This is the start of a weekend of diplomacy for Nicolas Sarkozy
Syria and Lebanon have agreed to open embassies in each other's capitals, French leader Nicolas Sarkozy has said.
The announcement came after Mr Sarkozy held talks with Lebanon's President Michel Suleiman and then Syria's leader Bashar Assad in Paris.
Lebanon and Syria broke off diplomatic ties after former Lebanese PM Rafik Hariri was assassinated in 2005. Beirut accused Syria of involvement.
Mr Assad's welcome in Paris marks his return to the world stage.
"I would like to say what a historic step forward it is for France that Syrian President Bashar Assad is determined to open a diplomatic representation in Lebanon, and that Lebanon should open a diplomatic representation in Syria," Mr Sarkozy announced after meeting both men.
Mr Sarkozy said the two leaders had authorised him to speak on their behalf.
Presidents Assad later confirmed the news. "Our position is that there is no problem for the opening of embassies between Syria and Lebanon," he told reporters.
Reward for Assad?
Relations between Damascus and Beirut have been tense since the forced withdrawal of Syrian troops from Lebanon in mid-2005 after Mr Hariri's assassination.
But the two nations have not had diplomatic relations at ambassadorial level since they became independent in the 1940s.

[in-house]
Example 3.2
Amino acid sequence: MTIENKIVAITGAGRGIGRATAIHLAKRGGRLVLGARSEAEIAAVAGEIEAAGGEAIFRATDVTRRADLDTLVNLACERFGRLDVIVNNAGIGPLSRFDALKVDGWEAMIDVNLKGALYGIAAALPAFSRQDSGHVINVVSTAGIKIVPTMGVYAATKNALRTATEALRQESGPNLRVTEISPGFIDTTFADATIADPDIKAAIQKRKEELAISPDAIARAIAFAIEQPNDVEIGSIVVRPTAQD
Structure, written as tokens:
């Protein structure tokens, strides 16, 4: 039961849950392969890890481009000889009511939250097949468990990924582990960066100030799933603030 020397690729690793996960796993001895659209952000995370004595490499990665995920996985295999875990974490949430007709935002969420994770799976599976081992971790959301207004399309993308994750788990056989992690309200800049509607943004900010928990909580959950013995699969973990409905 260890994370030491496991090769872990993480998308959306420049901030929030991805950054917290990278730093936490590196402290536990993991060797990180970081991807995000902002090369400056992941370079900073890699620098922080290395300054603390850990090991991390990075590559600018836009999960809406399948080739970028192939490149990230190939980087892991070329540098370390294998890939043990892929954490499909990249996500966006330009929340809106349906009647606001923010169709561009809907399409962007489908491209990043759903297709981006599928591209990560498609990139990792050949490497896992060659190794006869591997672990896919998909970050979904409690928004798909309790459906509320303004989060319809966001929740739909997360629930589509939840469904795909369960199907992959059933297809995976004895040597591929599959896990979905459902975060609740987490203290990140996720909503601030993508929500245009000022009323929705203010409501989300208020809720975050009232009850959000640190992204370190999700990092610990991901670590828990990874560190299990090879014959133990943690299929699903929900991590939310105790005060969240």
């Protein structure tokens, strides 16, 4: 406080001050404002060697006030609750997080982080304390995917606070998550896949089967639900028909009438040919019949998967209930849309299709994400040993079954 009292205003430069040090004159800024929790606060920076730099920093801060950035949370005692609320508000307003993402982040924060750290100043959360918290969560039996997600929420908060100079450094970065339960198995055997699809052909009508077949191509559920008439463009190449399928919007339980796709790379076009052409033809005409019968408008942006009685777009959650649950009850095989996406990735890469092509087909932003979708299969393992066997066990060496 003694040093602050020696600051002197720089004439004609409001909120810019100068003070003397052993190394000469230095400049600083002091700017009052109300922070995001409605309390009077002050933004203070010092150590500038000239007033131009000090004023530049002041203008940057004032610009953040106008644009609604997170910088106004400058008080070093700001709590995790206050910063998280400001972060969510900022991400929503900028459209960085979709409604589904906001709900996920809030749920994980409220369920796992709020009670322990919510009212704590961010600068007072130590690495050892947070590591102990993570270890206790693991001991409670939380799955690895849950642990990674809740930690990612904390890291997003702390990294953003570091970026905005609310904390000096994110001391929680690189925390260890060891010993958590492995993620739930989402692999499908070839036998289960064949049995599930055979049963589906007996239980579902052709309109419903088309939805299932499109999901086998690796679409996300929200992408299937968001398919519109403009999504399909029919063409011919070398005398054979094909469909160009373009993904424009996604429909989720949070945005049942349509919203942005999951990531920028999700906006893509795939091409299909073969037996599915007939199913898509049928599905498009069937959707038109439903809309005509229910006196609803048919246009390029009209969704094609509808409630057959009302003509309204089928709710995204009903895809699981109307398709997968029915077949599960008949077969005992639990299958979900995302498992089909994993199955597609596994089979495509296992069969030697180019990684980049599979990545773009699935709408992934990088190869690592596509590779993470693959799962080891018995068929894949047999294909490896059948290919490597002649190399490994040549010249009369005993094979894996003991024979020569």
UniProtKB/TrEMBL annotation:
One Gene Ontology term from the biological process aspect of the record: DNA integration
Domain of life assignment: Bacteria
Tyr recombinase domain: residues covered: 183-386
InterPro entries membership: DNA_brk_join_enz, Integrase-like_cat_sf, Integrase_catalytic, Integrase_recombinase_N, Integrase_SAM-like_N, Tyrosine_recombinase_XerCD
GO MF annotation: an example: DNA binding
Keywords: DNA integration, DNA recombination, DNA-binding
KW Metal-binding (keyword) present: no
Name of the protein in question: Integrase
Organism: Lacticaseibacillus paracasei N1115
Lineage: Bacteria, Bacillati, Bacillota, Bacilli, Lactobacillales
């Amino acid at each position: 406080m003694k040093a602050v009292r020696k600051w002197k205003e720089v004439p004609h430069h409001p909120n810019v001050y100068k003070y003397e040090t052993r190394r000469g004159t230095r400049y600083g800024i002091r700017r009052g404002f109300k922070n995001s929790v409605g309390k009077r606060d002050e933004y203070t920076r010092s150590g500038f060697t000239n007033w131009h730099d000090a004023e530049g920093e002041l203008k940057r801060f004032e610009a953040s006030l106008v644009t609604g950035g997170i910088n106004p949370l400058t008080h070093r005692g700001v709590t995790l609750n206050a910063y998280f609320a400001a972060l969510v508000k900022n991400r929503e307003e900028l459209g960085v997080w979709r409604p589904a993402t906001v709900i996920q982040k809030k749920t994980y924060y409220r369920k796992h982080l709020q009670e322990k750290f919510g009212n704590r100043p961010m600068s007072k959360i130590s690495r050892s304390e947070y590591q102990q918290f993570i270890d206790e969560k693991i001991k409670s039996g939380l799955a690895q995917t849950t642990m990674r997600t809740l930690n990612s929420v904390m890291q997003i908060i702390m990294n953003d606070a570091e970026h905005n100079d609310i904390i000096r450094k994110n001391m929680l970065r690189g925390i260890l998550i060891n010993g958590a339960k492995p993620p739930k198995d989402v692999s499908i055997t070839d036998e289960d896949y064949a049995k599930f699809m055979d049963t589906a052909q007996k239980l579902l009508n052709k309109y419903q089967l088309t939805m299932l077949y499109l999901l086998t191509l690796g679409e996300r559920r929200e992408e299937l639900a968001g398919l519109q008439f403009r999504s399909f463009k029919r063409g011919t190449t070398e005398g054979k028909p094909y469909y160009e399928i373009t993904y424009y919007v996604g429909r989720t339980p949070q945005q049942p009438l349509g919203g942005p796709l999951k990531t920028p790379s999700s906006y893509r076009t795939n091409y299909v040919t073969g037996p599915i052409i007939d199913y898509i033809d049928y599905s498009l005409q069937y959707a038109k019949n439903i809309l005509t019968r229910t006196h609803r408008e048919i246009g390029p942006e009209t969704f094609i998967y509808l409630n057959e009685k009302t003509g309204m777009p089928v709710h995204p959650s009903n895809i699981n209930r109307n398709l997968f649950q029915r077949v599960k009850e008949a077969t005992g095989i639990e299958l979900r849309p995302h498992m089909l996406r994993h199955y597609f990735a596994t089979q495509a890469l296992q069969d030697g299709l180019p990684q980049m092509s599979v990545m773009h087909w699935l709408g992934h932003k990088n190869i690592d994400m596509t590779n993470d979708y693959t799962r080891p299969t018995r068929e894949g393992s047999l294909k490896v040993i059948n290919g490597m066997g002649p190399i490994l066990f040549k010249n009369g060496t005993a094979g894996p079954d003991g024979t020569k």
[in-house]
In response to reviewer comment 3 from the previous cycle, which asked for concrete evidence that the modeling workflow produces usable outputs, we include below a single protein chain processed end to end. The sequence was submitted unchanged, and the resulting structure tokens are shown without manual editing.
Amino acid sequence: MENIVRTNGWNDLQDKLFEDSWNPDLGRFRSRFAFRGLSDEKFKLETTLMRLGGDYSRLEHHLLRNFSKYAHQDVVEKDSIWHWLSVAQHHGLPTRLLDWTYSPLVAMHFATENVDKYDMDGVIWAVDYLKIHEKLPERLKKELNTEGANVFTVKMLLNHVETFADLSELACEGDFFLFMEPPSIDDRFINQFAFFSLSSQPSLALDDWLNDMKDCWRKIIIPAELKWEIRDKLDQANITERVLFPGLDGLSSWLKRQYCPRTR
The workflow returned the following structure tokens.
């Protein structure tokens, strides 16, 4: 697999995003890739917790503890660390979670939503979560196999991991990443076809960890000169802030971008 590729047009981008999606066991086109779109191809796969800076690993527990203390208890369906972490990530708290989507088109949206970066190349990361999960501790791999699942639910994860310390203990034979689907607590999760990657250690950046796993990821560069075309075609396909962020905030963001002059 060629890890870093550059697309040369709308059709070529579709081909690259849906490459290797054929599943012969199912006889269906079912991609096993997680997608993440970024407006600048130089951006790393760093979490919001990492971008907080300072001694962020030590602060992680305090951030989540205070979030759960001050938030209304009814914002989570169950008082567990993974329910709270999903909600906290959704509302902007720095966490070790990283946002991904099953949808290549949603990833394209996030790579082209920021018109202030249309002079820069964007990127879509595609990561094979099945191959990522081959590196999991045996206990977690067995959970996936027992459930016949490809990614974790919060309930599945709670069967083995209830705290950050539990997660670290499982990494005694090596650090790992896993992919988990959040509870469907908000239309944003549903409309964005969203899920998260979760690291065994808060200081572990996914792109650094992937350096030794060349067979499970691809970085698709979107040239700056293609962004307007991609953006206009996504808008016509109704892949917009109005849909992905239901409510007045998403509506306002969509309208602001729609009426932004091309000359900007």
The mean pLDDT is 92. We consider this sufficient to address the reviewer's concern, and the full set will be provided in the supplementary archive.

Rafik Hariri was killed in 2005 by a truck loaded with explosives
The US state department welcomed the announcement, but said Syria needed to take "concrete actions to end its destabilising tactics in the region".
Mr Sarkozy also discussed other issues with his counterparts from Syria and Lebanon, during talks in the Elysee Palace.
After his meeting with Mr Assad, the French president said he had asked Syria to help resolve the international dispute over Iran's nuclear programme.
Mr Assad said he was interested in finding a political solution, and he believed that Iran had no intention of trying to obtain nuclear weapons.
The Syrian leader also said he wanted France and the US to contribute to peace efforts between Syria and Israel, but Mr Sarkozy added that conditions were not yet right for direct Syria-Israel talks.
Mr Sarkozy added that he would visit Syria for talks before mid-September.
The Paris visit is a big boost for Mr Assad, helping Syria to break out of its diplomatic isolation, says BBC world affairs correspondent Nick Childs.
But critics say Mr Assad's reception is too much of a reward, when there are still serious question marks over human rights in Syria and its alleged role in the killing of Mr Hariri.
The meetings with Syrian and Lebanese delegates marked the beginning of a weekend of intense diplomatic effort for the French president.
Earlier on Saturday, Mr Sarkozy held talks with Egyptian President Hosni Mubarak, who will be a key player in the French leader's plan for a union of Mediterranean states.
Mr Sarkozy is hosting a summit on Sunday to launch the union, which will be attended by 43 leaders of countries in Europe, the Middle East and North Africa.
Only Libyan leader Muammar Gaddafi is expected to boycott it.
According to our correspondent, critics are dismissing the new union as lacking substance, but French officials say it comes at a significant moment.